Dollar erases advance as payrolls decline damps Fed taper bets

The dollar erased gains (NYBOT:DXH14) after U.S. employers added fewer jobs than forecast in December, reducing speculation that the Federal Reserve will wind down bond-buying as expected amid signs of economic growth.

The greenback fell from almost a four-month high as payrolls grew by 74,000 in December, versus the median forecast in a Bloomberg News survey for a 197,000 advance, and the unemployment rate fell to 6.7%. Fed policy makers decided to cut monthly purchases to $75 billion from $85 billion at a gathering last month, citing improvement in the labor market.

“Massive miss on the top-line number,” said Brad Bechtel, managing director at Faros Trading LLC in Stamford, Connecticut. The data “should be dollar negative and emerging- markets positive.”

The Bloomberg Dollar Spot Index, which tracks the U.S. currency against 10 of its major counterparts, decreased 0.1% to 1,027.52 at 8:43 New York time, after earlier rising 0.2% to 1,030.38. Yesterday it touched 1,030.42, highest sinse Sept. 9.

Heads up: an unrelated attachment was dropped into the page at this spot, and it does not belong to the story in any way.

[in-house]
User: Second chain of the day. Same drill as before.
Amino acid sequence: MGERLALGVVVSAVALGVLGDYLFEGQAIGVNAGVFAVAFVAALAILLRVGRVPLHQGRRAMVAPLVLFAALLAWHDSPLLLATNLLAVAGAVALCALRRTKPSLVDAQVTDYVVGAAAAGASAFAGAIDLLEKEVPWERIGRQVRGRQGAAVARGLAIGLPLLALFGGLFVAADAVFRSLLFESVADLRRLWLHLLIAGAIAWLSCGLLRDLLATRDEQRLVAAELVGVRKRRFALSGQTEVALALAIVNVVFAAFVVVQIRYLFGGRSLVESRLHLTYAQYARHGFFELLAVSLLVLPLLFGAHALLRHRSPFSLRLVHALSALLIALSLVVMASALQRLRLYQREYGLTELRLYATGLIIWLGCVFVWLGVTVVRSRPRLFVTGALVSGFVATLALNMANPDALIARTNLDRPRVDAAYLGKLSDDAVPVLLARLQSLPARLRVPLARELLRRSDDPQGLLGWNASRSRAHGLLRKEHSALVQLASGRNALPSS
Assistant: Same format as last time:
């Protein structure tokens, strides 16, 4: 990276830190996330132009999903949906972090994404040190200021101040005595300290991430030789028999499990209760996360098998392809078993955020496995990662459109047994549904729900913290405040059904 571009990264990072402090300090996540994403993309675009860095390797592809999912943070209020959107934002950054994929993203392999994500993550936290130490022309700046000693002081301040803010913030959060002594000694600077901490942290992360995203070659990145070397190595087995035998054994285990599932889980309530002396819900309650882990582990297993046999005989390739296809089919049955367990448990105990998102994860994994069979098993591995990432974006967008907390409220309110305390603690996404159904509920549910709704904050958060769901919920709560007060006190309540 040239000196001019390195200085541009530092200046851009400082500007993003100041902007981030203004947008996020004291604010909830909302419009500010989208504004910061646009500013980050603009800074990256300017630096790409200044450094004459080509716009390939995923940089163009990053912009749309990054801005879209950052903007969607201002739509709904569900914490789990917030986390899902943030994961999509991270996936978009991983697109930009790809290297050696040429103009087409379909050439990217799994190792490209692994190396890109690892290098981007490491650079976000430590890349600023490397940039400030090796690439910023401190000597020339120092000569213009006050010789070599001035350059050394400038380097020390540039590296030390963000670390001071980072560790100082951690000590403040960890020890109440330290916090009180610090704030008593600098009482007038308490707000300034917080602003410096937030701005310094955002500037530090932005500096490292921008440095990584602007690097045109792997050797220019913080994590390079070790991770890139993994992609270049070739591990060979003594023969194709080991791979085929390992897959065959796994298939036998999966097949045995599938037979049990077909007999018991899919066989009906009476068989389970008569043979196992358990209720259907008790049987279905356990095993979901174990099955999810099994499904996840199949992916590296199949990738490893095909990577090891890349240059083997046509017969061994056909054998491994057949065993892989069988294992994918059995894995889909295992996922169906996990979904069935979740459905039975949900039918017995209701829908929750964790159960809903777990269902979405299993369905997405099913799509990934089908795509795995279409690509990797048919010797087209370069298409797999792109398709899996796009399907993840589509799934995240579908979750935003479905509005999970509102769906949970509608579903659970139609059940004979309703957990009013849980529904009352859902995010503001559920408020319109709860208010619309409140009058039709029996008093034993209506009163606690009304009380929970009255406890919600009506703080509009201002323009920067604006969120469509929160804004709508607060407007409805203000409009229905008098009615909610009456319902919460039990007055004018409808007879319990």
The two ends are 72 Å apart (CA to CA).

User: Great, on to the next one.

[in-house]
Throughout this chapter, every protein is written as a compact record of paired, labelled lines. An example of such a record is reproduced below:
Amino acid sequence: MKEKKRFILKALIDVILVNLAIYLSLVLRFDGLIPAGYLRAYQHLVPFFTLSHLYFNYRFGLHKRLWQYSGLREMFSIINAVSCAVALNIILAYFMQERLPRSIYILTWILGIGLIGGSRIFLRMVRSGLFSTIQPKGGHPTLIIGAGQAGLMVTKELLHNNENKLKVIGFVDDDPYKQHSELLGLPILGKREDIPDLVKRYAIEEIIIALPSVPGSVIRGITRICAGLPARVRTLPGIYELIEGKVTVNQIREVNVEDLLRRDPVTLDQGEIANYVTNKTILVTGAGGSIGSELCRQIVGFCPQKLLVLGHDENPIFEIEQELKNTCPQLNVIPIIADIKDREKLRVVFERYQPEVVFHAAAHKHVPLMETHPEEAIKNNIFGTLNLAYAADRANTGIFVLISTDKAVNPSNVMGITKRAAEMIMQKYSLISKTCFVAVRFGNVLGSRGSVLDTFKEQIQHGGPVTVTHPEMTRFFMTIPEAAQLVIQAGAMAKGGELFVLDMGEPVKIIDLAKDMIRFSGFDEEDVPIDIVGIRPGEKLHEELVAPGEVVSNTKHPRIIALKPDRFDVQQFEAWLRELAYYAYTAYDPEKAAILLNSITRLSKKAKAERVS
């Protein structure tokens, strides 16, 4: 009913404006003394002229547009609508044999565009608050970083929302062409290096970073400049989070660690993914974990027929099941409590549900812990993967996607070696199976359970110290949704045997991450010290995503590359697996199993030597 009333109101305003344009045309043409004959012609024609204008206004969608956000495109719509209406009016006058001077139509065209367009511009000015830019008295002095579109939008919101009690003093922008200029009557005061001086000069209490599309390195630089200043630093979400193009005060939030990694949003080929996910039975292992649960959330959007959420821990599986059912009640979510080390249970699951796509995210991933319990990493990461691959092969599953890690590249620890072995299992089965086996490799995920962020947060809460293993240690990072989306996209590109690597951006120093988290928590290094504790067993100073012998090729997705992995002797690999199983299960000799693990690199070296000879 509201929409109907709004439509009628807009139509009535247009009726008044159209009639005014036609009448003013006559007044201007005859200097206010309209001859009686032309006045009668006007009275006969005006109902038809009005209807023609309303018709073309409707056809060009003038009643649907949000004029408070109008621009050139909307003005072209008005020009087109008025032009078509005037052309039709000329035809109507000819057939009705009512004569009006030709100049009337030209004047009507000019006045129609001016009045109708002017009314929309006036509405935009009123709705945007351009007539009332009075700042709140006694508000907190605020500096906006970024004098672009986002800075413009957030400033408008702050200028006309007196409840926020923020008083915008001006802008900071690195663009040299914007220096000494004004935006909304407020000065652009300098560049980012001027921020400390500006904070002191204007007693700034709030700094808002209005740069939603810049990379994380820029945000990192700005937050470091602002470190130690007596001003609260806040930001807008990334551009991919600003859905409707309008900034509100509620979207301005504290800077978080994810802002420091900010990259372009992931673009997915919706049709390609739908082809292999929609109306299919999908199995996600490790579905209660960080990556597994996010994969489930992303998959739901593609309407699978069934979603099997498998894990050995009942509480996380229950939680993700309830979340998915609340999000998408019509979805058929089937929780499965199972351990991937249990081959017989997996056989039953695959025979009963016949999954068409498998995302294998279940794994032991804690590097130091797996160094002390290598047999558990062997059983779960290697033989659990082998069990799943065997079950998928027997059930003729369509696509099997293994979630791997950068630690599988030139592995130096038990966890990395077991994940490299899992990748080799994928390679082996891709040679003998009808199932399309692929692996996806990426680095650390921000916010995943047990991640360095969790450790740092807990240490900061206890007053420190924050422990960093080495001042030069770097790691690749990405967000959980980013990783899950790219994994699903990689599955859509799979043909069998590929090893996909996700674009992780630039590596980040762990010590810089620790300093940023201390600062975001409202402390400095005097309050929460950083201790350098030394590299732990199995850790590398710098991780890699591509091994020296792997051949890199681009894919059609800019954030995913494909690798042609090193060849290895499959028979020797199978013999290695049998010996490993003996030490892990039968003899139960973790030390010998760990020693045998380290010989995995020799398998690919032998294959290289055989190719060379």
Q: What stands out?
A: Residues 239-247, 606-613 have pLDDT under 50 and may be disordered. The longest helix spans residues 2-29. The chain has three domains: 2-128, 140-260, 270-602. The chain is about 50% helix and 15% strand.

The December payrolls increase was the slowest pace since January 2011 and less than the most pessimistic projection in a Bloomberg survey. It followed a revised 241,000 advance the prior month, Labor Department figures showed. The unemployment rate dropped to the lowest since October 2008, as more people left the labor force. It was at 7% the previous month.

Jobless Claims

Investors will use the jobless data “as an opportunity to book profit on the dollar’s recent gains,” Joe Manimbo, a market analyst in Washington at Western Union Business Solutions, a unit of Western Union Co., said in a phone interview before the release. “I don’t think it’ll serve as a game changer -- it looks like the U.S. economy appears to be on a much sounder footing than its rivals.”

U.S. jobless claims fell by 15,000 to 330,000 in the week ended Jan. 4, the Labor Department said yesterday. The median forecast of economists surveyed by Bloomberg was for a reading of 335,000.

Minutes of the central bank’s last meeting released Jan. 8 showed officials saw diminishing economic benefits from bond- buying and expressed concern about risks to financial stability.

The policy makers will gather Jan. 28-29 to consider the next step in their strategy of gradually reducing the pace of purchases. They will trim buying in $10 billion increments over the next seven meetings before ending them in December, according to the median forecast in a Bloomberg News survey on Dec. 19.

Gross domestic product in the world’s largest economy will expand 2.6% this year and 3% in 2015, compared with 1% and 1.4% in the euro area, according to economists surveyed by Bloomberg.

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